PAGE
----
Magicka

Swedish game developer, Arrowhead Studios, had teased Magicka as an action/RPG release slated to hit in 2010.  After a comical video, explaining the delay, most of us were more intrigued than upset about the delay.  Now, with the game released on January 25th, of this year, Magicka has charmed us all with it’s spell.  To say that it had a rocky release, would be an accurate statement, but I believe there is a great game, and a great concept, hidden in the faceless robes of our heroes.

Gameplay

"Don't cross the streams!"

The story is typical RPG fare–monsters have invaded the land, and you, an up and coming mage, are the world’s only hope.  You reside in a mage’s academy, in the capital city of Midgard.  With monsters invading, your task is set before you–brave the 13 levels of the game, in a quest to beat back the monster horde, either alone, or with up to 3 co-op friends.  You run through a quick tutorial, at your mage’s academy, and learn the control scheme-what really sets this game apart from the pack.  In the tutorial, you unlock your spell elements–mapped to the Q,W,E,R,A,S,D, and F keys.  Each element, such as earth, fire, cold or the arcane, will grant a unique ability.  That ability can be used with a right click, self-casting with the middle mouse button, or combined with the holding of the shift key to obtain an area effect.  Combine more than one of these elements, and you get a completely different outcome, in either the beam/attack form or the area effect form.  For example, one element is a shield.  Casting shield, simply places an impenetrable barrier in front of the player, self-casting it, places the barrier around you, like a second skin.  Combining shield, with the fire element, will cast a semi-circle of fire in front of the player, and adding earth to that combo, will create a semi-circle of fire spewing stalagmites.  Use the shift-area cast with that combo, and the circle of fire or stalagmites will create a barrier that completely encircles the player.  Self cast is good, not only for shield and heal abilities, but to negate unwanted spell effects.  For example, one can see how casting a lightning spell while wet would be problematic, a quick self-cast of fire dries you out, and deals considerably less damage than electrocuting yourself while wet.  In addition, you can find Magicka books, containing specific combinations of elements, that can be cast with the spacebar to achieve unique effects, like a meteor shower, or the revival of a fallen companion.  Be careful who you play with, there is endless fun in finding new and interesting ways to blow up your companions, and revive them for another untimely death, at your hands(insert evil laugh here).  If the campaign levels are not enough to grab you, or your friends, you can team up with co-op partners in some survival area challenge maps, and test and refine your mage abilities.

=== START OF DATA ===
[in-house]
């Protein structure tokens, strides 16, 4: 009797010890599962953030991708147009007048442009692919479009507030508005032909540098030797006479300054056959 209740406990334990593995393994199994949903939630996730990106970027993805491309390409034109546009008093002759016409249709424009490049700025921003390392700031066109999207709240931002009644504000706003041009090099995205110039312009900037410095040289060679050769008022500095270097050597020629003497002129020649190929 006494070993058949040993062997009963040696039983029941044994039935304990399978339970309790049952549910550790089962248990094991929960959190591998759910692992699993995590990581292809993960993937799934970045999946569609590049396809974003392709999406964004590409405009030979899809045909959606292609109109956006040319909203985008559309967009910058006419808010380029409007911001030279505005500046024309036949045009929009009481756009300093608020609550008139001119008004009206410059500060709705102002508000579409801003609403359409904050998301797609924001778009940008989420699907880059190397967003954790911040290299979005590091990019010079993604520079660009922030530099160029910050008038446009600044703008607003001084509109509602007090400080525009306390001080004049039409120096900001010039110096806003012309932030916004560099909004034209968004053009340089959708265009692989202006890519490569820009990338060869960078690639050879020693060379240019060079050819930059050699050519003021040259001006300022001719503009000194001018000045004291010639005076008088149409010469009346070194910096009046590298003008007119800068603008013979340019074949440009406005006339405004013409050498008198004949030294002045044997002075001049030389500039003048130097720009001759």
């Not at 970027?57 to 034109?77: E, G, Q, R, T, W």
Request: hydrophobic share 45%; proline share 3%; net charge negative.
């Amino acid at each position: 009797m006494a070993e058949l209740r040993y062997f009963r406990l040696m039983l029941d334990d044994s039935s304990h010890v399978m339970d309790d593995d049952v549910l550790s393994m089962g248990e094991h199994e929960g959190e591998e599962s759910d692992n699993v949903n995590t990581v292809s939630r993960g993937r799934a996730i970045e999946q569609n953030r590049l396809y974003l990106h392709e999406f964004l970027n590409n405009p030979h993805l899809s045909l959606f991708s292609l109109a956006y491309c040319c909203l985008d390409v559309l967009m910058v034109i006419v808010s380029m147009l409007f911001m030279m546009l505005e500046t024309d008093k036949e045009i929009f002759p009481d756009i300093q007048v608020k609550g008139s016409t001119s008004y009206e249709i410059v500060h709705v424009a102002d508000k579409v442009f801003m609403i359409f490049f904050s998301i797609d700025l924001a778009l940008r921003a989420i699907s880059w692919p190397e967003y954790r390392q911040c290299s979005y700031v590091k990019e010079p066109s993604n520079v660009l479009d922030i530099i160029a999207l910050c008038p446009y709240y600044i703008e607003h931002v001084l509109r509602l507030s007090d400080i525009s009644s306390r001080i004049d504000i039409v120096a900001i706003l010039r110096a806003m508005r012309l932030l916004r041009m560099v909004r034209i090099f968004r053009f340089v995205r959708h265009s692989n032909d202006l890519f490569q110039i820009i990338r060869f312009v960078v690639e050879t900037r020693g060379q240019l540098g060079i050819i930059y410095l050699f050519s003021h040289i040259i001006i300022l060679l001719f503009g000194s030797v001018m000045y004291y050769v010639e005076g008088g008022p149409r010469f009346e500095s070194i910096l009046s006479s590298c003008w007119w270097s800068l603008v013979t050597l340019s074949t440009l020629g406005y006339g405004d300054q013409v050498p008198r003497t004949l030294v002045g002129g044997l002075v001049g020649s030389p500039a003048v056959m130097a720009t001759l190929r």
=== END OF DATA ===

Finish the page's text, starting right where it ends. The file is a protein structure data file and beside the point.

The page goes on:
The Verdict

Who needs a bridge? Have ice, will travel!

The discovery of new spells and combinations, is the immediate charm of Magicka.  There is an awesome sense of satisfaction, those first couple of levels of the game, where you are finding new and interesting ways to use your abilities.  Even exploration can be fun, as you can freeze and traverse bodies of water to see if there are any goodies hidden on the other banks, although it is a bit tricky to freeze and make your way across such spots.  The single player hits a really high difficulty, very early on, and can be quite discouraging.  As much fun as it is trying new spells out, without co-op friends to help you out, single player tactics quickly funnel into finding one or two high-damage yielding spells and sticking to those, while keeping an eye on your shields and health.  Playing co-op lends a bit more to experimentation and trying different roles, such as ranged, tank and healer, but even there, it can be easily overwhelming.  The game definitely hits it’s stride as a cooperative experience.  Sadly, there were many bugs and issues with the online experience, but Arrowhead seems to be working harder than ever to patch the game, post-release.  Recognition should definitely be given to that continued support–the game is still being patched, and the soundtrack has even been released as a free download.  Bugs aside, Magicka is an insanely addictive, charming and innovative game.   Maybe I’m different than some reviewers out there, but I can’t hold a less expensive download title to the same yard stick that we may use to find fault in big releases such as Fallout:New Vegas or COD:Black Ops.  None of the bugs prevented me from having an insane amount of fun with the game, and the co-op definitely seems more stable than when first released.  Magicka takes a charming, adventurous atmosphere, fuses it with fantastic humor, and gives the player an extremely clever and inventive set of tools to craft their own combat choices.  I can’t wait to see if Arrowhead has anymore in store for either the current game or a possible sequel!

[starreview tpl=46 size=’30’]

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